Chernobyl Of Love 5After a brief suicidal episode, the double threatening her wriest with a knife while a male voiceover urges her on, demanding a gesture of self-punishment or an admission that she can’t live without him, offering an escape from guilt and loss, Adler Pans to several large fleshy bones lying on the ground near the woman’s feet. It is hard to escape the uncanny suspicion that they are what remain of the cannibalized lover’s body. We are then surprised by the arrival of a big black dog that makes off with the bones and lies down to devour them. A demon at the service of the soul, tasked to eliminate the vestiges of trauma – the dog eats to forget, his predation cycling the present remnants of the dead lover into the past.
A series of shots in a cemetery, headstones and statues of angels, with female voice overs (“Can you keep my secret”) suggest the successful passage through the process of bereavement and mourning while at approximately the same time Monika’s consummation/consumption moving into slow motion and then halting as her face illuminated in Close Up is blanched white by meticulously deliberate over-lighting: It is an apotheosis. Tossing her head with a kind of erotic languor, she pauses to examine the tissue in her hand before carrying it to her mouth, hesitating, nearly surfeited, on the verge of regaining her senses.
Again, we enter the cemetery, zooming in on the marble memorial to a dead child, an echo of the inanimate fetus in the wasteland. The soft female voiceover recurs with the gentle exhortation: “Look into its eyes. It sees what we can’t.”
When we return to Monika she has arrived at the denouement of her cannibal tryst. Like a spent lover she pensively smokes a cigarette, voluptuous and preoccupied. The menacing male voice breaks in again disclaiming guttural Aramaic, ushering in a cacophony of demonic cries and screams: the sounds of hell. The nude double writhes on ground of in slow motion as if afflicted by the demonic choir. The conjunction of events in the two parallel realms, Monika and double, sound and image, suggest that the demons of despair are leaving her, one final irruption before fleeing back into the void. The hellish sounds end as Monika sits smoking, clouds of smoke drifting past her, obscuring her face.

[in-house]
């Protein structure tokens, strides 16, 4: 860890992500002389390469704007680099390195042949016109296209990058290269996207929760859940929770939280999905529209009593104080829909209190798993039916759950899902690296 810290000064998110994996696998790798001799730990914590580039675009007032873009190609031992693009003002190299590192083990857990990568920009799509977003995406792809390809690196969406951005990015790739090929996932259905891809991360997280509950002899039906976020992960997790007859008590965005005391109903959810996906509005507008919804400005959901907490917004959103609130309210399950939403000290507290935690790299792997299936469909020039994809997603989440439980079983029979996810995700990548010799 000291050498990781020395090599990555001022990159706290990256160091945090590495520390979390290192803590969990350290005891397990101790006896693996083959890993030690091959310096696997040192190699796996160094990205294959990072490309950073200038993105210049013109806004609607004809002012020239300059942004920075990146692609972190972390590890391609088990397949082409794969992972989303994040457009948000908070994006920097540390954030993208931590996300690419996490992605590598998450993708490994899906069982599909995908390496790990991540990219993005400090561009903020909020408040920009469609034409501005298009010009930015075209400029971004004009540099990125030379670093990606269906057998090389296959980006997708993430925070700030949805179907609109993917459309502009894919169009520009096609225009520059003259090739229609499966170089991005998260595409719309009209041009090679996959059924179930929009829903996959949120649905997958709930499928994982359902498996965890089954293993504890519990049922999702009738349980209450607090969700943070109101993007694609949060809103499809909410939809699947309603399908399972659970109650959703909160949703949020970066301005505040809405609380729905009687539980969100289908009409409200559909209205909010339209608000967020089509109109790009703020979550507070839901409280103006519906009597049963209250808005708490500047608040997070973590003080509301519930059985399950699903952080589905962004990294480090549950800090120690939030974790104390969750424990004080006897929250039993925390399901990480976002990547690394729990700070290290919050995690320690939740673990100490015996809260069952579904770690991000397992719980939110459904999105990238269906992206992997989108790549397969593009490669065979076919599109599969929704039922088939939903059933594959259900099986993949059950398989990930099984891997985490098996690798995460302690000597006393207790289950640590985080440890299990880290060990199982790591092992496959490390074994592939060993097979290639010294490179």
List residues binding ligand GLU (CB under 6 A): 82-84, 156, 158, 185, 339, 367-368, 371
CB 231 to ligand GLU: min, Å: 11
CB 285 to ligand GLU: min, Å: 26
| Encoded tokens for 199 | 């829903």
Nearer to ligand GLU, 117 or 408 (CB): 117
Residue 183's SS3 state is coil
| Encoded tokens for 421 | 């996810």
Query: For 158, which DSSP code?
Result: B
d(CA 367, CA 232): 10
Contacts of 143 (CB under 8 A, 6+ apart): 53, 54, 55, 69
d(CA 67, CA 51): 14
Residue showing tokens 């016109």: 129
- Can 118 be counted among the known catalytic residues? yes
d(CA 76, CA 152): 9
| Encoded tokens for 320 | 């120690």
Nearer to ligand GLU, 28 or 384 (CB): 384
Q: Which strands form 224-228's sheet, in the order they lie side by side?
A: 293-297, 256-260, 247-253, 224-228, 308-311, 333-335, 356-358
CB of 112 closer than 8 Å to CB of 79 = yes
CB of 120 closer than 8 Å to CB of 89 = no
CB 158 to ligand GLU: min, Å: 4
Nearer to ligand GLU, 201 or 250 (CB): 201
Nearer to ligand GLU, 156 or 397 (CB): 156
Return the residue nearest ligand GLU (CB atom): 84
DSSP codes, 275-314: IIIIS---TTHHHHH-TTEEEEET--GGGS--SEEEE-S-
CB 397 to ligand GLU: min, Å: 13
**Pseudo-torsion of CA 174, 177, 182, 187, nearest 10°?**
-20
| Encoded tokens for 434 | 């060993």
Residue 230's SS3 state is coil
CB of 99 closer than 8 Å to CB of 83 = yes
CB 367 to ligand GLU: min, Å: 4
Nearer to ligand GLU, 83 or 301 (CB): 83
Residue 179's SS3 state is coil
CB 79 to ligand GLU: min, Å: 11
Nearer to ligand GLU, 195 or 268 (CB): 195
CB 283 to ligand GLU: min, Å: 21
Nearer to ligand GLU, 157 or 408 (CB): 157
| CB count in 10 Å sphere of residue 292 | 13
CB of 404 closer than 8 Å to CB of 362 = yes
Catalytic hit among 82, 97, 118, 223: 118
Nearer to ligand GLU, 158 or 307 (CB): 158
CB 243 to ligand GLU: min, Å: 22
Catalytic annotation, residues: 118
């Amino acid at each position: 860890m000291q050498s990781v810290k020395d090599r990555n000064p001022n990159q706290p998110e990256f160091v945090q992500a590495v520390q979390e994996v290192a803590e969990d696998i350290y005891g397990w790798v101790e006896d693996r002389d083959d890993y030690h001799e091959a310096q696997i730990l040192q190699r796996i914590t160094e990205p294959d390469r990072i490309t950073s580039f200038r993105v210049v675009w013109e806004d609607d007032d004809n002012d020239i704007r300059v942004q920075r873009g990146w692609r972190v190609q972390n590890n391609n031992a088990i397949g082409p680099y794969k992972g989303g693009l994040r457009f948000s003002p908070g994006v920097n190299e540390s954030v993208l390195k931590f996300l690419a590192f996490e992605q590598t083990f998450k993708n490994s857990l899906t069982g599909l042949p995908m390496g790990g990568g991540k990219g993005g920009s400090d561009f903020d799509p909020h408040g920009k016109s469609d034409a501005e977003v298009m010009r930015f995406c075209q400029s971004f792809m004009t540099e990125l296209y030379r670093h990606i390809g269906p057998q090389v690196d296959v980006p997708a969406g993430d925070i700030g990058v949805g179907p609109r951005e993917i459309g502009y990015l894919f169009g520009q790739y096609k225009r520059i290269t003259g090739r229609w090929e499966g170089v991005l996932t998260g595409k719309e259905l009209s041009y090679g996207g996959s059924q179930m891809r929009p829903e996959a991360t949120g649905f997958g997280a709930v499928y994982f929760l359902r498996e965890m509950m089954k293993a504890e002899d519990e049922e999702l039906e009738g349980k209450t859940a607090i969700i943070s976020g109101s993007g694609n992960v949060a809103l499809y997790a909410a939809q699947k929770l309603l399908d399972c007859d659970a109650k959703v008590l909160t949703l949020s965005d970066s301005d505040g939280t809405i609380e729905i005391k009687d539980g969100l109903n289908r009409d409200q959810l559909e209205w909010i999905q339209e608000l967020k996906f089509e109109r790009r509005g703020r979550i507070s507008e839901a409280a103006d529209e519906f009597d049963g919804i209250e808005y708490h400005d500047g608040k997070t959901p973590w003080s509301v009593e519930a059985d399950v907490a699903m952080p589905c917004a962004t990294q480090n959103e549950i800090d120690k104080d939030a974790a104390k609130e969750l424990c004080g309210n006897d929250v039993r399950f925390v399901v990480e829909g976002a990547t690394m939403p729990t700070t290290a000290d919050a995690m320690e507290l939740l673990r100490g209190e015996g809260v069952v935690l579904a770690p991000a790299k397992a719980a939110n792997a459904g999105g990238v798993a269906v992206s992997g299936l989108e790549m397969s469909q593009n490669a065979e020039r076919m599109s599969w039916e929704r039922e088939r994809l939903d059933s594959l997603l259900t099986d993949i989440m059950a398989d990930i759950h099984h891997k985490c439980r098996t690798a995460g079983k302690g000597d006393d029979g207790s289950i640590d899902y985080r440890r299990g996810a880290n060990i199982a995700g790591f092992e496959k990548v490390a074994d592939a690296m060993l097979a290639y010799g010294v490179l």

The crisis has passed. Back in the wasteland the fetus is dropped into the hole and methodically covered over with earth, the past and its grief buried. After a subtle Jump Cut flowers are placed atop the grave. The Focus goes in and out on the flowers, alternating blur with resolution: Could these be the eyes of the mourning woman, intermittently overwhelmed with tears?
We are transported back to the cemetery one last time, approaching a colorful to Angel statue, its hand raised in a traditional beatific gesture. A new Female voice, sober and resolved, proclaims, “Ladies and gentlemen, please welcome free will.” Church Bells Ring. Having lost control, overwhelmed with rage and despair, her consciousness fragmented, swept away by her own internal turmoil, her ability to decide in abatement, she has now, after a period of tribulation, achieved a resurrection of the spirit. It is possible to choose again, to move ahead.
To the sound of church bells Monika is now visible, present in the wilderness once occupied by her double, her back to the camera, carrying an ambiguous and suggestive bag, walking up a tree-lined highway away from Chernobyl, free again and embarking on a new life.